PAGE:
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Program Coursework

B.S.Ed. in ASL/Interpreting

Program Coursework and Typical Progression

 

Prior to program admission:

INTP 2998

Entry to the Profession - Graded “Satisfactory” or Unsatisfactory.” A required non-credit course for all interpreting candidates pursuing a VSU-recommended program of study. The course must be successfully completed prior to admission to professional courses SPEC 3100, ASLS 3140, DEAF 3110, 3120, 3130, and INTP 3010, 3150, 4010, 4020, 4030, 4040, 4050, 4060, 4070, 4080.  Candidates are required to establish an electronic portfolio, have passed or exempted the Regents’ exam, have a 2.5 GPA, have a satisfactory criminal background check, and purchase liability insurance. If an “Unsatisfactory” grade is earned, the course must be repeated until a “Satisfactory” grade is received.

0

 

Summer before Junior fall:

Course

Title

Credit Hours

ASLS 2110

American Sign Language I - The first in a series of courses based on American Sign Language concepts and principles.  This course presents introductory components of ASL, including signs, fingerspelling, mime, body language, and facial expression. Information about the history of sign language and its existence in society today is also included. Skill focus is on recognition and recall of American Sign Language.

3

ASLS 2120

American Sign Language II - Prerequisite: ASLS 2110. The second in a series of courses based on American Sign Language concepts and principles. This course presents additional components of ASL, including signs, fingerspelling, mime, body language, and facial expression. Skill focus is on recognition and recall of American Sign Language with emphasis on increasing speed and fluency.

3

 

Junior fall:

Course

Title

Credit Hours

ASLS 3170

American Sign Language III - Prerequisite: ASLS 2120 and INTP 2998 or DEAF 2999. The third in a series of courses based on American Sign Language concepts and principles. This course is designed to increase recognition and recall skills in dialogue communication. American Sign Language idioms are also included as well as a deeper understanding of the grammar, syntax, and complexities within the language.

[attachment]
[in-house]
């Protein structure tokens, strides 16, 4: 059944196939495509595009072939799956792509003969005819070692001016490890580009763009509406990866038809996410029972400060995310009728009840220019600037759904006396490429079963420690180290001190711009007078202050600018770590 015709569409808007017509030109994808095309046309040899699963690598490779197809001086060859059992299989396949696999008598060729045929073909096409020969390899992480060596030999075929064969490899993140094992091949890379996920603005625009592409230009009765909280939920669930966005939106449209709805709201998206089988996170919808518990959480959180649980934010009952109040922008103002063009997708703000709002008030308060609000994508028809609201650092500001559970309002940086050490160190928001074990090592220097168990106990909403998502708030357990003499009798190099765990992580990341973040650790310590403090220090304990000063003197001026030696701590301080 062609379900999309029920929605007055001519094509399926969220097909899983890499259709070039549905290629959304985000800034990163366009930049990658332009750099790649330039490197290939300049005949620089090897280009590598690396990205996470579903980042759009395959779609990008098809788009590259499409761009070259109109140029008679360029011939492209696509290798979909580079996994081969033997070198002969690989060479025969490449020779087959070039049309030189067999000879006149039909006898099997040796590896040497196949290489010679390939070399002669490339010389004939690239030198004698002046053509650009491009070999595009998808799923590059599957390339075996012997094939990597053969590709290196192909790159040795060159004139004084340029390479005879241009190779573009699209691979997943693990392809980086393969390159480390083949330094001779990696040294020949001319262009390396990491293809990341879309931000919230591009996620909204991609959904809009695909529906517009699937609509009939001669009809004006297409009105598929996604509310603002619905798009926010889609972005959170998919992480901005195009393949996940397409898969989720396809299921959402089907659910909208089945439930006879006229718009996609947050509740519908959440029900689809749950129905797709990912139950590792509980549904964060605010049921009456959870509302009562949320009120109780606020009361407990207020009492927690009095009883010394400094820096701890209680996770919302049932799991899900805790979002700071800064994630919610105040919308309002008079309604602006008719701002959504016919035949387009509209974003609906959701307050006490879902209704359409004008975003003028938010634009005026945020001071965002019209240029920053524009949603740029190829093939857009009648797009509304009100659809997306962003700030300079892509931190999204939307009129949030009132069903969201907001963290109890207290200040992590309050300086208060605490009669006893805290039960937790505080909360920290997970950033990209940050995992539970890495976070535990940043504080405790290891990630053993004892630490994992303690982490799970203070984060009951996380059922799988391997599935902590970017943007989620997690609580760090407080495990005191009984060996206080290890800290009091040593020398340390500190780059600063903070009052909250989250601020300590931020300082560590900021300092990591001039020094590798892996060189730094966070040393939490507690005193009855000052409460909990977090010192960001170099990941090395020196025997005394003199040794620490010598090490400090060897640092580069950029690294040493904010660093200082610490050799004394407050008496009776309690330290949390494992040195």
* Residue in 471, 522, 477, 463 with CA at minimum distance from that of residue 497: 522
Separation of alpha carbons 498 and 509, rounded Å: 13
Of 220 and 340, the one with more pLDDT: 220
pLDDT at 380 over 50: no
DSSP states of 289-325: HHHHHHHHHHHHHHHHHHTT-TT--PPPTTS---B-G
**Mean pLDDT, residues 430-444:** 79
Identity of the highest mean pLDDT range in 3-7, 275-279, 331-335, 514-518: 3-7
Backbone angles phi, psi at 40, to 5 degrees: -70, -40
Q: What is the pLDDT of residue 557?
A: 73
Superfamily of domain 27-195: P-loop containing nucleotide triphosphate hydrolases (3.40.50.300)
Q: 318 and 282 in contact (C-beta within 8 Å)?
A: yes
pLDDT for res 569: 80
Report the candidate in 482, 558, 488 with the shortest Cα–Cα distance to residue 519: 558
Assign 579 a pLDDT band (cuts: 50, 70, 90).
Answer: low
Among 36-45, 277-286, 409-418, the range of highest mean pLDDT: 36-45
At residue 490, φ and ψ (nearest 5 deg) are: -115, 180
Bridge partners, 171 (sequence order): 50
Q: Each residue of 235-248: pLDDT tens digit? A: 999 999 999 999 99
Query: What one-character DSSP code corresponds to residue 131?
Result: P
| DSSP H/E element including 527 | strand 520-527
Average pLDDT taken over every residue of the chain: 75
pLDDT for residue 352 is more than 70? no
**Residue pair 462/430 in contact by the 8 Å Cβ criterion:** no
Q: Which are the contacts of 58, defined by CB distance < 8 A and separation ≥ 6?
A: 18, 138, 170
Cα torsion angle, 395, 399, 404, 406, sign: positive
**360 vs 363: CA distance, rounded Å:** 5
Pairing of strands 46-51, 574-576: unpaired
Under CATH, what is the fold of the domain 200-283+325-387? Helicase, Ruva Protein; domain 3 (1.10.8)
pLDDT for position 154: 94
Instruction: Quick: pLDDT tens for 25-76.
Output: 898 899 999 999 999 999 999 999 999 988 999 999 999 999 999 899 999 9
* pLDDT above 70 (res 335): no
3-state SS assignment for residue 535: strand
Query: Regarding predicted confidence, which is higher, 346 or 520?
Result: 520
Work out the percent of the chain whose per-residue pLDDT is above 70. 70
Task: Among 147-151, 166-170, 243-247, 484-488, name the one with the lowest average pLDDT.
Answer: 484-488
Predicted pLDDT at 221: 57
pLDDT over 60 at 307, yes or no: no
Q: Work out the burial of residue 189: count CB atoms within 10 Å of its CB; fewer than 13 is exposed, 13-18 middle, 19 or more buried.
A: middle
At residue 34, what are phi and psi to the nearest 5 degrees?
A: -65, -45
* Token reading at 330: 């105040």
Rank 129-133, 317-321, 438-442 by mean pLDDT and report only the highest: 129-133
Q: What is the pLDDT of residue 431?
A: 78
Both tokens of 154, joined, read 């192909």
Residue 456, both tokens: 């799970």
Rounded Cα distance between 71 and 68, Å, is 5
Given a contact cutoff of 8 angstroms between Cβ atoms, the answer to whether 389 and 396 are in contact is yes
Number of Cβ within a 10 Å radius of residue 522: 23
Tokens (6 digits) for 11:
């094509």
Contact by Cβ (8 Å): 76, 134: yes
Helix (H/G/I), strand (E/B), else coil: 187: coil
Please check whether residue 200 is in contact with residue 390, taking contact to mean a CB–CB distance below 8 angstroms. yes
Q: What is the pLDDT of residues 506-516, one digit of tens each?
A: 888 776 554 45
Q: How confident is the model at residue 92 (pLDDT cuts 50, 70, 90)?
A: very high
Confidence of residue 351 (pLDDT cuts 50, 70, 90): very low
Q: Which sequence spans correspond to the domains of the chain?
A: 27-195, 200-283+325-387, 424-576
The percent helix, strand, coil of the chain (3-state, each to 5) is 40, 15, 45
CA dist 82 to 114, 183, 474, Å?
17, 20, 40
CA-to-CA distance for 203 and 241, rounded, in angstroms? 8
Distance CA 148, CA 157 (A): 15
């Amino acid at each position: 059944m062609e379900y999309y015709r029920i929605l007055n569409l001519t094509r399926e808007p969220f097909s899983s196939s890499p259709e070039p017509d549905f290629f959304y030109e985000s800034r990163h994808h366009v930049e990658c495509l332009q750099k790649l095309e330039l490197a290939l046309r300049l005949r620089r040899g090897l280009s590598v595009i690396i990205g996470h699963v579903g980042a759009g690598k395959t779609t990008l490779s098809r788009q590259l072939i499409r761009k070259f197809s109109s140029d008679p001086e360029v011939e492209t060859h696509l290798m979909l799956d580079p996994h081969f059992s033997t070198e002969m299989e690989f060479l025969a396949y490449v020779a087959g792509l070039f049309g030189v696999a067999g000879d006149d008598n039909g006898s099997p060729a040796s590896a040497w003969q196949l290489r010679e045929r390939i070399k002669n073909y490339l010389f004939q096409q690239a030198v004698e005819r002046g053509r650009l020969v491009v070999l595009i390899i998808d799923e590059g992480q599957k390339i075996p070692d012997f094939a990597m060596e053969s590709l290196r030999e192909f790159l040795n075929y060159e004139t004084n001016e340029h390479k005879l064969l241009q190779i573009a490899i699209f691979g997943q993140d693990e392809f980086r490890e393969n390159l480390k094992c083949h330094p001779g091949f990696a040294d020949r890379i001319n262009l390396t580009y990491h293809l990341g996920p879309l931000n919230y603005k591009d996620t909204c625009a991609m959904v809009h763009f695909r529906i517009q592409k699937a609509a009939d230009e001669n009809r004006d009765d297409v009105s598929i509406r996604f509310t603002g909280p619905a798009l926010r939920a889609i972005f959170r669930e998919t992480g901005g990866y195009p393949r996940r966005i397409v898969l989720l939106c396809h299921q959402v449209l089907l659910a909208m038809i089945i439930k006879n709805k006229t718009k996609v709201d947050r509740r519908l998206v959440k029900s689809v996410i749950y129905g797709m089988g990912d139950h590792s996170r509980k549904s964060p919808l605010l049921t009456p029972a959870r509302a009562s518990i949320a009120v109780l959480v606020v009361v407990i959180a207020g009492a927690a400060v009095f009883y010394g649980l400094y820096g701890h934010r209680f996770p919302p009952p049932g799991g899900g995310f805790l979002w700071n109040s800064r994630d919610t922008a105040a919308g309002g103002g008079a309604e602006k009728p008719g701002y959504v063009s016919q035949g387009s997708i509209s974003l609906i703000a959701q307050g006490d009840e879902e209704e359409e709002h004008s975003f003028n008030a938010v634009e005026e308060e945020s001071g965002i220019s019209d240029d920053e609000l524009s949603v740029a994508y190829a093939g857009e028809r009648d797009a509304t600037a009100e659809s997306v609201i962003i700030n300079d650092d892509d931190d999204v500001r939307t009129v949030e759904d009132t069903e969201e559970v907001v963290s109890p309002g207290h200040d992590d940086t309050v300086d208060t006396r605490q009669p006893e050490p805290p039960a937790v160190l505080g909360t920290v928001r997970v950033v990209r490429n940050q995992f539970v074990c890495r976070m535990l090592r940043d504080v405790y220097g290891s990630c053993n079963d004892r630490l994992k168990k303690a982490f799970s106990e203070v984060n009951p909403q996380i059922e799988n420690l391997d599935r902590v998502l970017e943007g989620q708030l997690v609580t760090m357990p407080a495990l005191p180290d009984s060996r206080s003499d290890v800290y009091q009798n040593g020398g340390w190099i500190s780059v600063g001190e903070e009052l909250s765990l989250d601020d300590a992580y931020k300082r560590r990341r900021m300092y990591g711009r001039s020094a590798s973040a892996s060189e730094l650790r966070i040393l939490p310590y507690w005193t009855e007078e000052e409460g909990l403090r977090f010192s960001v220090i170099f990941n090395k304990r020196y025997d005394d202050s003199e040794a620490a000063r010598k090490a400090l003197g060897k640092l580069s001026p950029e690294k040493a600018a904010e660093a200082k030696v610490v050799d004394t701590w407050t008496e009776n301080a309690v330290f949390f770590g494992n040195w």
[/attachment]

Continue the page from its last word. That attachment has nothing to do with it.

3

DEAF 3100

Orientation to Deaf Education and Language Learning - Prerequisite: INTP 2998 or DEAF 2999. An overview of the field of deaf education, with an emphasis on language development in children and adults who are deaf. Topics include anatomy and physiology of the ear, language modes, assessment instruments, and other topics pertinent to the field. Emphasis is placed on flexibility in using different modes of communication as they relate to stages of language development.

3

SPEC 3000

Introduction to Serving Individuals with Diverse Needs* (face to face only; ONLINE option in Summer only) - Prerequisite: ESCE 2999. Introduction to major issues in the field of special education.  Emphasis is placed on understanding the characteristics and etiologies of individuals with diverse needs and on identifying the qualities of home, school and community environments that support these individuals in achieving their potential. Public school observation/participation in programs for students with disabilities is required.

3

INTP 3010

Introduction to ASL/English Interpreting (ONLINE) - Prerequisite: INTP 2998 and ASLS 2120. An overview of the field of interpreting, which examines the role of ASL/English interpreters in a variety of setting in which they work, including education; medical, legal, and social services; and other settings. It provides an in-depth analysis and application of the NAD-RID Code of Professional Conduct and ethical decision making.

3

ASLS 3190

Fingerspelling, Numbers, and Classifiers - Prerequisites: ASLS 3170, ASLS 3180, and INTP 2998 or DEAF 2999. Concepts and principles of ASL, providing increased emphasis on receptive and expressive skills in discourse and narratives, with particular attention to fingerspelling, numbers, and classifiers.

3

 

Junior spring:

Course

Title

Credit Hours

ASLS 3180

American Sign Language IV - Prerequisite: ASLS 3170 and INTP 2998 or DEAF 2999. The fourth in a series of courses based on American Sign Language concepts and principles. This class is an advanced course in American Sign Language for students who have completed previous coursework in ASL.  Emphasis is placed on the production of non-voiced, conversational, spontaneous, signed sentences. Continued attention is given to the development of recognition as well as recall skills.  Sociolinguistics with specific reference to syntax and the role of non-manual markers and idioms are explored as well as the interplay between language and culture within the deaf community.

3

DEAF 3120

Learning, Cognition, and Social Development in Deaf Children - Prerequisite: INTP 2998. An introduction to the study of the growth and development of deaf and hard of hearing children and how being deaf may affect an individual's educational, cognitive, and social development. The focus of this class is toward a general understanding of how being deaf or hard of hearing is influential in shaping the life experiences of individuals. Various perspectives regarding being deaf will be explored and examined in light of general theories of psychological and social development.